Products liability, as the name suggests, refers to the legal responsibility of manufacturers and sellers to compensate buyers, users, and even innocent bystanders for injuries or damages that result from defects in the goods that were purchased. Although the responsibility for flawed products falls primarily on the manufacturer, liability may be imposed on the retailer, wholesaler, some other middleman, or even, as is discussed herein, the advertising and public relations people who provide information to the consumer public about the products.
In this context, the law affecting liability for product-related injuries and damages has changed dramatically. "Let the buyer beware" (caveat emptor), a phrase mentioned frequently in these pages, is being replaced in products liability cases by "strict liability" (i.e., liability even without the showing of negligence). This means that the seller might be held responsible in the eyes of the law for any and all defective or dangerous products that unduly threaten a consumer's safety.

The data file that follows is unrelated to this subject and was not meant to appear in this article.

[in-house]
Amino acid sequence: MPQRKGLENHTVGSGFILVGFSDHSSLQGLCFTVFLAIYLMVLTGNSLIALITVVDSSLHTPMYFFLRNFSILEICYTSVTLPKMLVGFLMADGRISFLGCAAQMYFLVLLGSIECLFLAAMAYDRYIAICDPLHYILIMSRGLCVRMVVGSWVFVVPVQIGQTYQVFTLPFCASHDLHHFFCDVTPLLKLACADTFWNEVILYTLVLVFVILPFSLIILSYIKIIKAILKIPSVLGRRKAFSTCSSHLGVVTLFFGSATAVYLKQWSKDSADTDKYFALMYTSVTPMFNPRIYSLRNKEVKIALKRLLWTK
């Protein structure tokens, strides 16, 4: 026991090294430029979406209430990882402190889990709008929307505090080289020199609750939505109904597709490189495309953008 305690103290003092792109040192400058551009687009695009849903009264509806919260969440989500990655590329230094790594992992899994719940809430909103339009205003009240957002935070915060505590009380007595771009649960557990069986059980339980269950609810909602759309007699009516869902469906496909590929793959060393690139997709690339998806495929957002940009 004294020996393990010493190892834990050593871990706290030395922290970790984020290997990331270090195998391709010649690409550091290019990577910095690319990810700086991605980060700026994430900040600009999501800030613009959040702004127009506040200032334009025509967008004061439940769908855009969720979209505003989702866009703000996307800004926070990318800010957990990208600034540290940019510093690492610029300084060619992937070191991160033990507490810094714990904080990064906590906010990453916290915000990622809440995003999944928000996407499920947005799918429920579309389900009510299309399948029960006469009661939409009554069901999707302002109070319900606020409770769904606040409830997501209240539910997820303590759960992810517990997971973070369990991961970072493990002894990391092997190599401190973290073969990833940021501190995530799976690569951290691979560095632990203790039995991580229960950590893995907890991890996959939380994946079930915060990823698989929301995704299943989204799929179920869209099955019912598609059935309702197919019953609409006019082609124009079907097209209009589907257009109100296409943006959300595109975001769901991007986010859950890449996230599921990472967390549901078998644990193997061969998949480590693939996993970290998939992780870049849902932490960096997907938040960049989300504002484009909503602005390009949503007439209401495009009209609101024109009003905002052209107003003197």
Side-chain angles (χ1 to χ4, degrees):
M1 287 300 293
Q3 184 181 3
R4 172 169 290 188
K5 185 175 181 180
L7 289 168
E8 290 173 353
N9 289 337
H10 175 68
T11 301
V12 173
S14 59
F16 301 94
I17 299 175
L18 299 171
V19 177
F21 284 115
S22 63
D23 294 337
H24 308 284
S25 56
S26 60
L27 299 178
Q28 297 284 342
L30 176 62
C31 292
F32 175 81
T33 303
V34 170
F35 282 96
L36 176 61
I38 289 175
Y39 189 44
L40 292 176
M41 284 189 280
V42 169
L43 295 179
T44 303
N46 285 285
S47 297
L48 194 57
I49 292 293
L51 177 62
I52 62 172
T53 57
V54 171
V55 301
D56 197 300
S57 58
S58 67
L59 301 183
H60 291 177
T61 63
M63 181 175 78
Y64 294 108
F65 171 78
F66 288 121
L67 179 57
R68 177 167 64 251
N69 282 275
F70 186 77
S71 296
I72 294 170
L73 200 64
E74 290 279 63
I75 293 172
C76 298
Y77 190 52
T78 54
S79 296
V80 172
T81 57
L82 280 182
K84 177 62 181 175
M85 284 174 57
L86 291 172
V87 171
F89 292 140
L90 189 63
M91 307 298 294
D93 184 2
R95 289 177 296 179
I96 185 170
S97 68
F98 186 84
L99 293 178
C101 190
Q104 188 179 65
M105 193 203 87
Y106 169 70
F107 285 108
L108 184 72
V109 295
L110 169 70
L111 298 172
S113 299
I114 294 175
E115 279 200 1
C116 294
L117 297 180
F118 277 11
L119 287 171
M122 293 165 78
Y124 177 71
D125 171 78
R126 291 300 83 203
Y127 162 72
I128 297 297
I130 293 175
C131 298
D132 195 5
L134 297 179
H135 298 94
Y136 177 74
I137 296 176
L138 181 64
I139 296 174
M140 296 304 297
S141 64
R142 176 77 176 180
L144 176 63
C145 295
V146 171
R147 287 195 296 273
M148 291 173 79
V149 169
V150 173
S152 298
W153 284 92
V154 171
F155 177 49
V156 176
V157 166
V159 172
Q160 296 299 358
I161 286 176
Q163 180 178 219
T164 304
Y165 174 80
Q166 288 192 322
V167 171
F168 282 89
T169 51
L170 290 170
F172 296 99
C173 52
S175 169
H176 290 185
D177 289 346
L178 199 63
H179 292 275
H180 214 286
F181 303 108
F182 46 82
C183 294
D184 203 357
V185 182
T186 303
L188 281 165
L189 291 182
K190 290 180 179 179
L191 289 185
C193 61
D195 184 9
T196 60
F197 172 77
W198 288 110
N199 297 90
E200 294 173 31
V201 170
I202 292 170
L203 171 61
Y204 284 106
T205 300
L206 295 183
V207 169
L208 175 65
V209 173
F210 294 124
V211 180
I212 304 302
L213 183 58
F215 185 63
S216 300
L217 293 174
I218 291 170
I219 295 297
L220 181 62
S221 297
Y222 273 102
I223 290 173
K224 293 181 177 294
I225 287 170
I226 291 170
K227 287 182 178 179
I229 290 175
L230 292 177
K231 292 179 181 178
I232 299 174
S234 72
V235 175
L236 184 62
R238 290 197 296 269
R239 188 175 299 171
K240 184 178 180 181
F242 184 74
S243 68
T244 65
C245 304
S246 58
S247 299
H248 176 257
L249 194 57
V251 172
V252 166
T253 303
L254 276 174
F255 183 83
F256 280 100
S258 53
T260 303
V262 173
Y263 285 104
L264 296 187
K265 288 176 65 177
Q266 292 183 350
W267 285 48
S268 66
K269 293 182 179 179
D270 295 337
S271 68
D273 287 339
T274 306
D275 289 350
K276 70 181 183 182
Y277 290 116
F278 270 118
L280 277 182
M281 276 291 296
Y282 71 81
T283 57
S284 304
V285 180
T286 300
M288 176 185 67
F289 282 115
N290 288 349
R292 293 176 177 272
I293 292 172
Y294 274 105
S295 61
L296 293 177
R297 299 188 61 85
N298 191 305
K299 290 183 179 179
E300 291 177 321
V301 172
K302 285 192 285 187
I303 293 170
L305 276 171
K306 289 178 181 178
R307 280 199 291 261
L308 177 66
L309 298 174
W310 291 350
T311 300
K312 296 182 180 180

An illustration can be found in the Restatement of Torts:
A manufactures automobiles. He advertises in newspapers and magazines that the glass in his cars is "shatterproof." B reads this advertising, and in reliance upon it purchases from a retail dealer an automobile manufactured by A. While B is driving the car, a stone thrown up by a passing truck strikes the windshield and shatters it, injuring B. A is subject to strict liability to B. 1
Products liability is one of the fastest growing areas of contemporary American law. More than a million claims for product-caused injuries are made a year, and half of these involve litigation. 2